October 31, 2012
By Margie Finkelnburg
The presidential election is just around the corner and you might be surprised to find that heading to the polling...
The presidential election is just around the corner and you might be surprised to find that heading to the polling station can actually boost your health! Voting won’t lower your cholesterol or make that cold go away faster, but it could help you lose a few pounds, lower your blood pressure or even make strides toward kicking depression.
How? Well the link is definitely not direct. But according to a study run by Dr. Lynn Sanders, PhD, at the University of Virginia, people who vote feel like they are helping to make a difference in their lives. And when people feel empowered – like they control their destinies in some way – that can have benefits in other areas. Feelings of empowerment can lead to a more positive outlook, and optimism has been linked to everything from lower rates of coronary artery disease to better cancer recovery rates. A 2010 study published in Circulation, a journal of the American Heart Association, looked at over 90,000 women and found that the more cynical study participants had higher rates of coronary heart disease, and higher cancer rates. Those with a positive outlook fared better.
Regardless of your political beliefs, expressing those beliefs through our system of democratic elections can allow you to affect the outcome of your life and the lives of those you love. Voting is a powerful action, and people who vote should rightfully come away from the experience feeling powerful.
Voting might even make you feel younger. This idea is based on a 2010 Penn State study that found that people who believed that their actions strongly influenced the outcomes in their lives reported feeling younger regardless of their chronological age. Another paper published in Psychological Science, a journal for the Association of Psychological Science, stated that people who feel powerful actually overestimate their height in many cases.
In addition, there have been many studies demonstrating direct links between optimism, feelings of empowerment and improved mental and physical health. It isn’t too far a reach to suggest that voting, an act that allows them to be directly involved in their communities, would give them that feeling that they can make a difference.
Though there is certainly no direct correlation between these studies and voting, why wouldn’t you cast your vote on Election Day if there were even a small chance you might come out of the booth feeling younger, happier and even taller?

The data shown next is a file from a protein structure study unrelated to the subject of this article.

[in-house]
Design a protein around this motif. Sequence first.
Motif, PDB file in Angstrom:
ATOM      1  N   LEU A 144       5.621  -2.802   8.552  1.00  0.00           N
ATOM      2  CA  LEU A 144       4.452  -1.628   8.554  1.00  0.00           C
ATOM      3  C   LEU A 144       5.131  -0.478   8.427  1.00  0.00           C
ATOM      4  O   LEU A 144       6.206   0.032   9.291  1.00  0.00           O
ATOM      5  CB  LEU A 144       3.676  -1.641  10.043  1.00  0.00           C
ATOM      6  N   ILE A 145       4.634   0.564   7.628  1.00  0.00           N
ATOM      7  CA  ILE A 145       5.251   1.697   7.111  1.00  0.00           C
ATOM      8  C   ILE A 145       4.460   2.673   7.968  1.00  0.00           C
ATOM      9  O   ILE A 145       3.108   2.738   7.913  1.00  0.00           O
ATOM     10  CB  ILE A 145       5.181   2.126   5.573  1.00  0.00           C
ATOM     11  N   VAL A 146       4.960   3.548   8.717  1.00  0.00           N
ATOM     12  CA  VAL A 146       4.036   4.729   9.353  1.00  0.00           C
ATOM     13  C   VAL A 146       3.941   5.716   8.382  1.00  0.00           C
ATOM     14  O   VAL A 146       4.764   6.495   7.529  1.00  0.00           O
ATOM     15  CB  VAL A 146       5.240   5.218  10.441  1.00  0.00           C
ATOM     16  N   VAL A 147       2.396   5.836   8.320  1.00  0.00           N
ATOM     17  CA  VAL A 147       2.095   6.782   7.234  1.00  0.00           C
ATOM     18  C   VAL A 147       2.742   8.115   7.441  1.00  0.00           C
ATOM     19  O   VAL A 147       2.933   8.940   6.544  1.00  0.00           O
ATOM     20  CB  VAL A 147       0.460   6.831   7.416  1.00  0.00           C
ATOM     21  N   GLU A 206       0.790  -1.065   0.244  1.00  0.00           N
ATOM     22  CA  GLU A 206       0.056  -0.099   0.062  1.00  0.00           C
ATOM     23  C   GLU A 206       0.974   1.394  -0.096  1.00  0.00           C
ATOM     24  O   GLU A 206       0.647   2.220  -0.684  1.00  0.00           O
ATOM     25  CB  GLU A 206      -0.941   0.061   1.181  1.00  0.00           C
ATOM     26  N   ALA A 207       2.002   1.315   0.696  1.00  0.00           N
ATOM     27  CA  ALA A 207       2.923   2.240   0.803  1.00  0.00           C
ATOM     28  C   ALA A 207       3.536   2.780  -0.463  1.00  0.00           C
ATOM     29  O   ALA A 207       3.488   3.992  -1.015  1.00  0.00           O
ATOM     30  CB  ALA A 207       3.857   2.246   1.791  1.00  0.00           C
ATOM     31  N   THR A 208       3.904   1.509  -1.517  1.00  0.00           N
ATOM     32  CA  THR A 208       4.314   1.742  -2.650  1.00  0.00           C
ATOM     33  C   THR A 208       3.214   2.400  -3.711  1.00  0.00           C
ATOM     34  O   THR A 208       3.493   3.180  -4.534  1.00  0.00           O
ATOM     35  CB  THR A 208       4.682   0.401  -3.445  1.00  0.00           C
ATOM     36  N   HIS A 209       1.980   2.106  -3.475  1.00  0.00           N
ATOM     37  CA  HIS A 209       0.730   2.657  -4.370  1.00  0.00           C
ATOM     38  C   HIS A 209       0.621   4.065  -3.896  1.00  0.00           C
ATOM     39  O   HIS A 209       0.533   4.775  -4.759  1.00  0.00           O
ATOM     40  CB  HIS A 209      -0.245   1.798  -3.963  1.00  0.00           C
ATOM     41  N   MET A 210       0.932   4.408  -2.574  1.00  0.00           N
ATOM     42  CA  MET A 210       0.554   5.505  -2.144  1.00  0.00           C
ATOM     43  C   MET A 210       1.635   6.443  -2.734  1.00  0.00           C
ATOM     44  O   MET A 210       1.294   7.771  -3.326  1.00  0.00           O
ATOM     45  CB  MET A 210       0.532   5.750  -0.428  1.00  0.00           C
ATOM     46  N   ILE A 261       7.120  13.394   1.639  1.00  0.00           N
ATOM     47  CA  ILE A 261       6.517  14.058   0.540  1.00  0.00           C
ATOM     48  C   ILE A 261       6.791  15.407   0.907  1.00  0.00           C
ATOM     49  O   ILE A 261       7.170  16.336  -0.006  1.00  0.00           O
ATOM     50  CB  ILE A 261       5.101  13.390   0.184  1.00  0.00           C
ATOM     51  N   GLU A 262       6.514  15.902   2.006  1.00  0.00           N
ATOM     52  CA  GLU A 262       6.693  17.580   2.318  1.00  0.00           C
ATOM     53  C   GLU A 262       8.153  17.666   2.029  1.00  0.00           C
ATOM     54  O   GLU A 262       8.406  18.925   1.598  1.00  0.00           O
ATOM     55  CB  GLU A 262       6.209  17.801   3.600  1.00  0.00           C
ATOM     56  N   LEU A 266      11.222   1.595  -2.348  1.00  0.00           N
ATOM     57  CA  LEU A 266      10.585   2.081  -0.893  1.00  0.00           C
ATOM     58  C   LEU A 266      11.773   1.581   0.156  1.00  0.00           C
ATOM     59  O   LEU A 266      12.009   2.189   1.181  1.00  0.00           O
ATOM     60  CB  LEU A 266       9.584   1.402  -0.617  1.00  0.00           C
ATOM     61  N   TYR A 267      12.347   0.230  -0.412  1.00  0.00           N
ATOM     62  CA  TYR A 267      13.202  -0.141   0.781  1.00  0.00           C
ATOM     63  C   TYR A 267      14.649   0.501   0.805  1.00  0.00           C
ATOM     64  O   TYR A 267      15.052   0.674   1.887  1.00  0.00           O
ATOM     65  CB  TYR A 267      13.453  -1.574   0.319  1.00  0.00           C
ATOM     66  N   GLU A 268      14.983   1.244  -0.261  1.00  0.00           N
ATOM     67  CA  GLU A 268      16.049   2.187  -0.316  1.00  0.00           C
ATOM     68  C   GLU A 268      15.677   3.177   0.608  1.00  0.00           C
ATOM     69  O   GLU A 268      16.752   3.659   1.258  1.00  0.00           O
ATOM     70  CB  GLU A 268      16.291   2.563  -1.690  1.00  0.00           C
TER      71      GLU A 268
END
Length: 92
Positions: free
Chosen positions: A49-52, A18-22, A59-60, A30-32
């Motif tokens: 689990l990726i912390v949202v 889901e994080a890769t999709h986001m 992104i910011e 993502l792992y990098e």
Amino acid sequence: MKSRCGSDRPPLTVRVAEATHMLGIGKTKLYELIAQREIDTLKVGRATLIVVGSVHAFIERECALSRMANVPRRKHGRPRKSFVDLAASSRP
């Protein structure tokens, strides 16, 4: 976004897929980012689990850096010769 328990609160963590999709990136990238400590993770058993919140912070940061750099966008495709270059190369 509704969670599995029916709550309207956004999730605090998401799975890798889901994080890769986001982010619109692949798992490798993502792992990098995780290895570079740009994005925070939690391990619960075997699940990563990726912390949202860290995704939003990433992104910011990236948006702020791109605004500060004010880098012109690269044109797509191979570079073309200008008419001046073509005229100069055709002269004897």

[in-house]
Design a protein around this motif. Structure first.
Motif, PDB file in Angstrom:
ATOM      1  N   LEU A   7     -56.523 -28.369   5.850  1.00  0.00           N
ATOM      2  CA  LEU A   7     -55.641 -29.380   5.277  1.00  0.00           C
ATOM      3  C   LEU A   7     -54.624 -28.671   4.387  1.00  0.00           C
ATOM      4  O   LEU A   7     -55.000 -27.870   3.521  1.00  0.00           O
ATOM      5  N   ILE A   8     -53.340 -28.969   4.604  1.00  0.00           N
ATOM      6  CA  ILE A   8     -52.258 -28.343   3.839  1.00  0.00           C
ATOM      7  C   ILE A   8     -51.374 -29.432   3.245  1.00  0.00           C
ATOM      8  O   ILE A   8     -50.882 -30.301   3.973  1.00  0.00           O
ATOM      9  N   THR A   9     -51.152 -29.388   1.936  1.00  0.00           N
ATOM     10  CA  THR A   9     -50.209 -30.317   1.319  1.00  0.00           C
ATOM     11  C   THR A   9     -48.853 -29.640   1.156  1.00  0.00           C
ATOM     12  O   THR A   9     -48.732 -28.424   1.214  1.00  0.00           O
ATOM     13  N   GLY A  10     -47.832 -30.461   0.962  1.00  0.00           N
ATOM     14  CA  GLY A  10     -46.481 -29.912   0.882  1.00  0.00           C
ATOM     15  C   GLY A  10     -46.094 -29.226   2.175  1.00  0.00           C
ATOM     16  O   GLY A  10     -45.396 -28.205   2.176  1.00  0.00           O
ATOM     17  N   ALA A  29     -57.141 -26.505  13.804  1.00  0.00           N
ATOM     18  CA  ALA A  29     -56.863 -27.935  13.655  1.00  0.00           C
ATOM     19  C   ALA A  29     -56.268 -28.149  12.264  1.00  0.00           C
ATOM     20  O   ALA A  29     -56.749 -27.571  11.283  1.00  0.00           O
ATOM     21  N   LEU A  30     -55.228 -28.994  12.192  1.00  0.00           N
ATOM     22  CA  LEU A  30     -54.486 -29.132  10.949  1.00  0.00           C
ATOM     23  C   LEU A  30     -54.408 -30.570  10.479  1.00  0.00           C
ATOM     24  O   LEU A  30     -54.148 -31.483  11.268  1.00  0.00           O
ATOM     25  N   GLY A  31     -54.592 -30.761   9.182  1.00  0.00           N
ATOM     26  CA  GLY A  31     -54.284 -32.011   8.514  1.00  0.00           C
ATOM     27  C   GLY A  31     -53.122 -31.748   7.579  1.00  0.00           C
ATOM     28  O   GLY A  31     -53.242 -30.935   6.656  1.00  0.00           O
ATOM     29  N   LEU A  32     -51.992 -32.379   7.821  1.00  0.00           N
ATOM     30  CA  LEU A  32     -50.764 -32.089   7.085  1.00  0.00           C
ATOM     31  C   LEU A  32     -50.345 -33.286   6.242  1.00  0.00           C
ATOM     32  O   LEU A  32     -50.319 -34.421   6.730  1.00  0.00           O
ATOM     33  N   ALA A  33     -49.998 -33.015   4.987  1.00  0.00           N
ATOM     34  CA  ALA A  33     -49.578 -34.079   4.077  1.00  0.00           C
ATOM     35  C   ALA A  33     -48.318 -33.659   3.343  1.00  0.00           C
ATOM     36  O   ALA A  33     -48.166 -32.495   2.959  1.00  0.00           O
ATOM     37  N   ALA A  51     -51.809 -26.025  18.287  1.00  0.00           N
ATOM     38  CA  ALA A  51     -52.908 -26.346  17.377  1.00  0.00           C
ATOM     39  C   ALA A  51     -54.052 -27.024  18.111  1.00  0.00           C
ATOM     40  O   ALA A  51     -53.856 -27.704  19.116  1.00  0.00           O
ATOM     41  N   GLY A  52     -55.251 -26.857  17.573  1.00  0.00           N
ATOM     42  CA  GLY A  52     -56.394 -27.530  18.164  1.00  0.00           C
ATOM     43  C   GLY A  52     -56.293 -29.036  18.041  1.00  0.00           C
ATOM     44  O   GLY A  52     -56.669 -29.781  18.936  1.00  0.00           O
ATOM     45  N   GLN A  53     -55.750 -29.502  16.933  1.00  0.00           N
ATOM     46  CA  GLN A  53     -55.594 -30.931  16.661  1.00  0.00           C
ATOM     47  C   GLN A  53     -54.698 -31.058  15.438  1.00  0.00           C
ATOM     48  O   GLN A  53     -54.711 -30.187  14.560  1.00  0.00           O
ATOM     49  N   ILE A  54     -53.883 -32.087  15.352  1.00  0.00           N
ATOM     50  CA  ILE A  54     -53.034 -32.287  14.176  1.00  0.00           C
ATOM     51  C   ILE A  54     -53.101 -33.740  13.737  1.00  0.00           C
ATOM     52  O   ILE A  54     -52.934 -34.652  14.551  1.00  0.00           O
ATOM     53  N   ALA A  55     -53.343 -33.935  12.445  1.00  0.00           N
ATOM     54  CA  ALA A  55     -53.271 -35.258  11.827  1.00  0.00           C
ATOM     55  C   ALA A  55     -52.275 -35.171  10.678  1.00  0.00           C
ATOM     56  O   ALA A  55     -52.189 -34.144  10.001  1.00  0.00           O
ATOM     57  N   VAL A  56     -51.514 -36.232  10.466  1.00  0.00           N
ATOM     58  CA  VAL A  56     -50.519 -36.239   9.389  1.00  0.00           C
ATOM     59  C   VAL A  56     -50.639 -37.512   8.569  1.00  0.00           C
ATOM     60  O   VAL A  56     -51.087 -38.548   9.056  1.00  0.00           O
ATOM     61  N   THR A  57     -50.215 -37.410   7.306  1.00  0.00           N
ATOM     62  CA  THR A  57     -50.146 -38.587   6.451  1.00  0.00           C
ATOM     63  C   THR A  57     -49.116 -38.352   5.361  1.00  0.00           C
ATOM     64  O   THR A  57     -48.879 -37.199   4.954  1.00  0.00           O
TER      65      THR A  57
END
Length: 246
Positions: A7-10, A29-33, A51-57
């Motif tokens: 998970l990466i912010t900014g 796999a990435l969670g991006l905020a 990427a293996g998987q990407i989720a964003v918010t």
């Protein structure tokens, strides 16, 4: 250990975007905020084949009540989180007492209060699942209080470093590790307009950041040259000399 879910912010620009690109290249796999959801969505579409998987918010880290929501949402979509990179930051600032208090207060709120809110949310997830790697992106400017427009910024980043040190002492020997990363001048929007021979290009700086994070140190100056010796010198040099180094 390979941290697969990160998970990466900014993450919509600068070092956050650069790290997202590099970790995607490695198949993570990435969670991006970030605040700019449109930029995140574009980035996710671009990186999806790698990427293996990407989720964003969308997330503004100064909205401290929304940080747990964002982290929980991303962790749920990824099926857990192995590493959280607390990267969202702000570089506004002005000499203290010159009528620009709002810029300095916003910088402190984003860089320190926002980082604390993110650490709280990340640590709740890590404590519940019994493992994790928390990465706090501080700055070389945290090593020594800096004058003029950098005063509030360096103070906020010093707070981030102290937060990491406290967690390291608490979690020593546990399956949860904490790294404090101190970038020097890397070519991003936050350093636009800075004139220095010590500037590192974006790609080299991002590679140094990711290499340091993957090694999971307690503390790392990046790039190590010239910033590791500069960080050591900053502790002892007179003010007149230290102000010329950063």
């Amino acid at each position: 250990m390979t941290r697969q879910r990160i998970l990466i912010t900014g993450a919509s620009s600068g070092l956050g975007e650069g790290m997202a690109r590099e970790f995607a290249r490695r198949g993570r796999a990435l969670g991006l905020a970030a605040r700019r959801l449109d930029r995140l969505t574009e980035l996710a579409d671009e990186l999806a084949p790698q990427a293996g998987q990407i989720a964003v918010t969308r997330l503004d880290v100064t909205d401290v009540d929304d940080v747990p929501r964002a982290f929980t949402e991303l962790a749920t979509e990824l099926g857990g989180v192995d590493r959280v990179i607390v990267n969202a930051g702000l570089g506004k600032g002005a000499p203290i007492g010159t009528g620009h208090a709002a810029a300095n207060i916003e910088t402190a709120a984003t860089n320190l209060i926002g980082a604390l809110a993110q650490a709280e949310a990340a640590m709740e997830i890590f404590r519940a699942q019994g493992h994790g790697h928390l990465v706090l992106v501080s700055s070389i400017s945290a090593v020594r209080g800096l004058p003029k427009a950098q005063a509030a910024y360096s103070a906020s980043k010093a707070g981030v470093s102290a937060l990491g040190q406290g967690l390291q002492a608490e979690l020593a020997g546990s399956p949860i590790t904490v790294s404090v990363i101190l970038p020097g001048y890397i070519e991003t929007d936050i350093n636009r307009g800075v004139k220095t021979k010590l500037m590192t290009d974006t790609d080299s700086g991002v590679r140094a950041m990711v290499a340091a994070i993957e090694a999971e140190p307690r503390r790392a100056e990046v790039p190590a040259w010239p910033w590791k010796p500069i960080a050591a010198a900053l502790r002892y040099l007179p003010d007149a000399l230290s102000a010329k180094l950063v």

Margie oversees Molina Advocates, and Molina Political Action Committee (PAC). Both programs encourage employees to get involved in the legislative and political process. As an election official in her hometown of Alexandria, Virginia, she believes voting is a precious privilege and we should use it whenever given the opportunity.
October 24, 2012
Children / Nutrition
Halloween is best known for costumes, spooky tricks and maybe most of all, candy. Trying to have a nice Halloween without throwing your healthy habits out the window?...
Anticipate and plan accordingly so you can get through this day without too much distress and still have a howling good time.
NOTE: The American Heart Association recommends only 100 calories or 6 ½ teaspoons a day of added sugar for women and 150 calories or 9 ½ teaspoons a day of added sugar for men. Miniature candy sold for Halloween generally contains about 5 grams of added sugar per piece. Check the Nutrition Facts label for other sizes. For your reference, 1 teaspoon of sugar = 4 grams of sugar.
October 01, 2012
Michael M. Siegel, MD
There’s great news for middle-agers coming out of a study recently published in Archives of Internal Medicine – even if you’ve never exercised, beginning even a light...
There’s great news for middle-agers coming out of a study recently published in Archives of Internal Medicine – even if you’ve never exercised, beginning even a light exercise program now can extend the years you may live without the debilitating effects of chronic disease. The study, covered in the New York Times, suggests “Being or becoming fit in middle age…even if you haven’t previously bothered with exercise, appears to reshape the landscape of aging.”
For many, the last 10-20 years of our lives are difficult, as many Americans struggle with heart disease, Alzheimer’s, diabetes or colon or lung cancer. But the study showed that adults who were fitter through middle age and beyond extended the healthy years of their late adulthood, essentially delaying the onset of many of these common ailments.
If you haven’t exercised before, but would like to start, where should you begin? According to the Centers for Disease Control and Prevention, older adults should:
- Engage in a variety of activities
- Begin a new activity at a low level of effort, gradually working up to a moderate level
- Aim for 150 minutes of moderate-intensity aerobic activity weekly
- Incorporate balance training into an exercise routine to help prevent falls
Moderate-intensity activity is safe for most people, but if you have a chronic health condition, such as arthritis or cardiovascular disease, talk to your doctor before beginning an exercise routine to learn about the type and amount of activity that will work for you.
As the study leader Dr. Benjamin Willis points out in the Times article, “You don’t have to become an athlete. Just getting up off the couch is key.”
I'd love to hear from some of our middle aged readers what they do to stay active!